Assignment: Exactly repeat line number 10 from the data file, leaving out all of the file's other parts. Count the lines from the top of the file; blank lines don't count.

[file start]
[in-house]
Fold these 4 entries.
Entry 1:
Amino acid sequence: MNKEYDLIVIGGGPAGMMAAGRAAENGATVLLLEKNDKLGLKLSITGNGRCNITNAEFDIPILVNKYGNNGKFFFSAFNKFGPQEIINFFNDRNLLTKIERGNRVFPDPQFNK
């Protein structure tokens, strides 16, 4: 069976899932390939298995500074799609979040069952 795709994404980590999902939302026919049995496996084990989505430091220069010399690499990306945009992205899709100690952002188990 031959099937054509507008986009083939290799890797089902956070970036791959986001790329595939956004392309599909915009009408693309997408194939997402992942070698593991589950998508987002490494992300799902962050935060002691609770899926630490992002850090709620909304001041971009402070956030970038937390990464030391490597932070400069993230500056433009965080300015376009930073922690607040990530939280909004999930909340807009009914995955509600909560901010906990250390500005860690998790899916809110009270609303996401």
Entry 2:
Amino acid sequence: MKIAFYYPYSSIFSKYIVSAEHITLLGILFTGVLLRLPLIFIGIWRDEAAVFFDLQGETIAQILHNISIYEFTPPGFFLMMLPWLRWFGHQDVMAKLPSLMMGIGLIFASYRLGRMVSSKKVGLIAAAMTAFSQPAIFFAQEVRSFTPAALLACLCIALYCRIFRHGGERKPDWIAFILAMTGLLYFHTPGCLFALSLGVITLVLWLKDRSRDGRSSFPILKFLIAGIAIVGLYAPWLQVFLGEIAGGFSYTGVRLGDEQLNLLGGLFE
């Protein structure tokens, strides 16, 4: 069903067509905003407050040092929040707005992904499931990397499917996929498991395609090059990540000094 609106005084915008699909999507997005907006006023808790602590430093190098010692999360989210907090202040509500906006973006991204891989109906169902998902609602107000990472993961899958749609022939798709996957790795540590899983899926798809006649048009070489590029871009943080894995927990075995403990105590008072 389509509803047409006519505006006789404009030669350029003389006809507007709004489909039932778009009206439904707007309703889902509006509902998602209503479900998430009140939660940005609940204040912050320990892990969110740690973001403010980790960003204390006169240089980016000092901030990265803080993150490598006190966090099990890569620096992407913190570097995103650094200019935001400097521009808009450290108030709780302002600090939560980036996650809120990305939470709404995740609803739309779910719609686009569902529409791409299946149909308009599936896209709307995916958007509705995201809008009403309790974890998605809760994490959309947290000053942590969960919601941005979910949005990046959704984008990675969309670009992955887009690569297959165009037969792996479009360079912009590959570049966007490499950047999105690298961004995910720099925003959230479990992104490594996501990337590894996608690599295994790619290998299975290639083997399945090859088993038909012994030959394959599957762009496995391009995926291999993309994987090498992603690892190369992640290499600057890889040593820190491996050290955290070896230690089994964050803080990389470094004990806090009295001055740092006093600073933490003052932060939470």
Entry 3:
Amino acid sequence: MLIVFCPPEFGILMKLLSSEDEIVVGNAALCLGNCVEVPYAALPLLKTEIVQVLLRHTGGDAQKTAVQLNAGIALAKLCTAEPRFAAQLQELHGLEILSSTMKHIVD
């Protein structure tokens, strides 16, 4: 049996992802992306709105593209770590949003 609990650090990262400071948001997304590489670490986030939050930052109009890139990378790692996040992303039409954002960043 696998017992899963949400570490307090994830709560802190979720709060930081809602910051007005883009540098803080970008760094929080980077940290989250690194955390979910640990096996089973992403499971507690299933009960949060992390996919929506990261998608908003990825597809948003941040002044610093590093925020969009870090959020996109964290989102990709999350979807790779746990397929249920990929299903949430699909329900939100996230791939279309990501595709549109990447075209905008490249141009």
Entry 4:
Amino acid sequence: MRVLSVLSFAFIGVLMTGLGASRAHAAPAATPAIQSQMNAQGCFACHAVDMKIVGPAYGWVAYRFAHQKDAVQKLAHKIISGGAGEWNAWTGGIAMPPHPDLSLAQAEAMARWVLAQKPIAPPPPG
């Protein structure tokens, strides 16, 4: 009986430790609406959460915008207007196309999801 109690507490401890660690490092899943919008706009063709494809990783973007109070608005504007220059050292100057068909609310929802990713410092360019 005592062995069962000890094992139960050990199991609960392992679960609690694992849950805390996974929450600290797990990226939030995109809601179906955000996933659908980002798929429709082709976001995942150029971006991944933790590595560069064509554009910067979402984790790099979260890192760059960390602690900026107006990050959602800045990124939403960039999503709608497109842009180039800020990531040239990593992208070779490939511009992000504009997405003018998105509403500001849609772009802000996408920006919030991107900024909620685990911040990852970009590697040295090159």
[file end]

Amino acid sequence: MLIVFCPPEFGILMKLLSSEDEIVVGNAALCLGNCVEVPYAALPLLKTEIVQVLLRHTGGDAQKTAVQLNAGIALAKLCTAEPRFAAQLQELHGLEILSSTMKHIVD